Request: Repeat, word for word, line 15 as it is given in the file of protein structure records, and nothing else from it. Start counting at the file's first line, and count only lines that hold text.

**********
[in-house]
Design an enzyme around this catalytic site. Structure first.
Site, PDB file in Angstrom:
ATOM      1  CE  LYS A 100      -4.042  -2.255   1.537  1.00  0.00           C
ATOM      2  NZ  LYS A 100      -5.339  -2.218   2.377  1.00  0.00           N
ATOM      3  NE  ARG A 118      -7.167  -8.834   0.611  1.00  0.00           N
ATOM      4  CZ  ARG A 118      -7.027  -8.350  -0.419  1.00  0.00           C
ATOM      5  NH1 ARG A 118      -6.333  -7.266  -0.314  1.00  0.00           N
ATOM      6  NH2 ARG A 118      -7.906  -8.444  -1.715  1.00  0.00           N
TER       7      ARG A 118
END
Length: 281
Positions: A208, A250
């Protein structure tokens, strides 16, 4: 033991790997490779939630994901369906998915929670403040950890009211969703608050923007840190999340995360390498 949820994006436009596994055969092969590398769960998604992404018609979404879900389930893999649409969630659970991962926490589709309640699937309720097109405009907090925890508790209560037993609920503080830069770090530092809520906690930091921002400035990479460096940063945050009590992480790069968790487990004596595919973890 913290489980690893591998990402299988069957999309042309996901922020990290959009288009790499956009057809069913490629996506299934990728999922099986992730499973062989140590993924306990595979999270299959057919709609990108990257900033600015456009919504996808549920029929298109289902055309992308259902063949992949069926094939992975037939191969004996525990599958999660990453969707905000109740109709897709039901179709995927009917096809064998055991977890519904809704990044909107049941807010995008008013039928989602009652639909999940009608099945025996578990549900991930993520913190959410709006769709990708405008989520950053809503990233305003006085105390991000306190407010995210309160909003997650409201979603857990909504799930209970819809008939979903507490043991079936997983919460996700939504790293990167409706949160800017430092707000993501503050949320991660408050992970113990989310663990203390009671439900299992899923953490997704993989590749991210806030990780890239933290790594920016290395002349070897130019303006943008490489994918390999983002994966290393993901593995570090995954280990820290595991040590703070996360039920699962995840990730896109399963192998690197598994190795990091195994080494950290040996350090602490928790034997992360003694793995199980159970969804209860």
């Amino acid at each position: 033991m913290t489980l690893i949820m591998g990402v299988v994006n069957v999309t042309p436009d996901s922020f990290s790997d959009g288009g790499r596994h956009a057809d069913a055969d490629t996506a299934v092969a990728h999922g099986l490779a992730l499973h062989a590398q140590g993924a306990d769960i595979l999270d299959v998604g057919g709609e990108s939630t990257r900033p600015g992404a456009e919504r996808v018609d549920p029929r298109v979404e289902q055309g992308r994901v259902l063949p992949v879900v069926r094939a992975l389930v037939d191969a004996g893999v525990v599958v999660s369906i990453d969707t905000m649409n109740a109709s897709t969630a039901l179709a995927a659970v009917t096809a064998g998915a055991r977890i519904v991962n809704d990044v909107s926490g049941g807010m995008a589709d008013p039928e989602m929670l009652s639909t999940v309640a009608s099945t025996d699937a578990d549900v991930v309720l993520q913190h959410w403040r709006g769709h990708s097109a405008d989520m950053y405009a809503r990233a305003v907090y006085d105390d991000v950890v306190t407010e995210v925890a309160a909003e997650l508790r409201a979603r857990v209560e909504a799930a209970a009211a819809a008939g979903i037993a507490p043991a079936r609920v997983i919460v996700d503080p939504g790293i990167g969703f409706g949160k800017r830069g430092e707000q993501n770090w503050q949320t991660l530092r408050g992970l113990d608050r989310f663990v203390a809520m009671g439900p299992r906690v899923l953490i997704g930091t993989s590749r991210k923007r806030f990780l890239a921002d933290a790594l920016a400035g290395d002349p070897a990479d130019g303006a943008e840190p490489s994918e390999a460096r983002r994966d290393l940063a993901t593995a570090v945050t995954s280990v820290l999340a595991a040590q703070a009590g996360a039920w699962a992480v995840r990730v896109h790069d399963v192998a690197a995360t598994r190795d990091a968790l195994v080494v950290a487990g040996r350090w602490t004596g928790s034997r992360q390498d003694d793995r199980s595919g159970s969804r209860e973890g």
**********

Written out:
């Amino acid at each position: 033991m913290t489980l690893i949820m591998g990402v299988v994006n069957v999309t042309p436009d996901s922020f990290s790997d959009g288009g790499r596994h956009a057809d069913a055969d490629t996506a299934v092969a990728h999922g099986l490779a992730l499973h062989a590398q140590g993924a306990d769960i595979l999270d299959v998604g057919g709609e990108s939630t990257r900033p600015g992404a456009e919504r996808v018609d549920p029929r298109v979404e289902q055309g992308r994901v259902l063949p992949v879900v069926r094939a992975l389930v037939d191969a004996g893999v525990v599958v999660s369906i990453d969707t905000m649409n109740a109709s897709t969630a039901l179709a995927a659970v009917t096809a064998g998915a055991r977890i519904v991962n809704d990044v909107s926490g049941g807010m995008a589709d008013p039928e989602m929670l009652s639909t999940v309640a009608s099945t025996d699937a578990d549900v991930v309720l993520q913190h959410w403040r709006g769709h990708s097109a405008d989520m950053y405009a809503r990233a305003v907090y006085d105390d991000v950890v306190t407010e995210v925890a309160a909003e997650l508790r409201a979603r857990v209560e909504a799930a209970a009211a819809a008939g979903i037993a507490p043991a079936r609920v997983i919460v996700d503080p939504g790293i990167g969703f409706g949160k800017r830069g430092e707000q993501n770090w503050q949320t991660l530092r408050g992970l113990d608050r989310f663990v203390a809520m009671g439900p299992r906690v899923l953490i997704g930091t993989s590749r991210k923007r806030f990780l890239a921002d933290a790594l920016a400035g290395d002349p070897a990479d130019g303006a943008e840190p490489s994918e390999a460096r983002r994966d290393l940063a993901t593995a570090v945050t995954s280990v820290l999340a595991a040590q703070a009590g996360a039920w699962a992480v995840r990730v896109h790069d399963v192998a690197a995360t598994r190795d990091a968790l195994v080494v950290a487990g040996r350090w602490t004596g928790s034997r992360q390498d003694d793995r199980s595919g159970s969804r209860e973890g």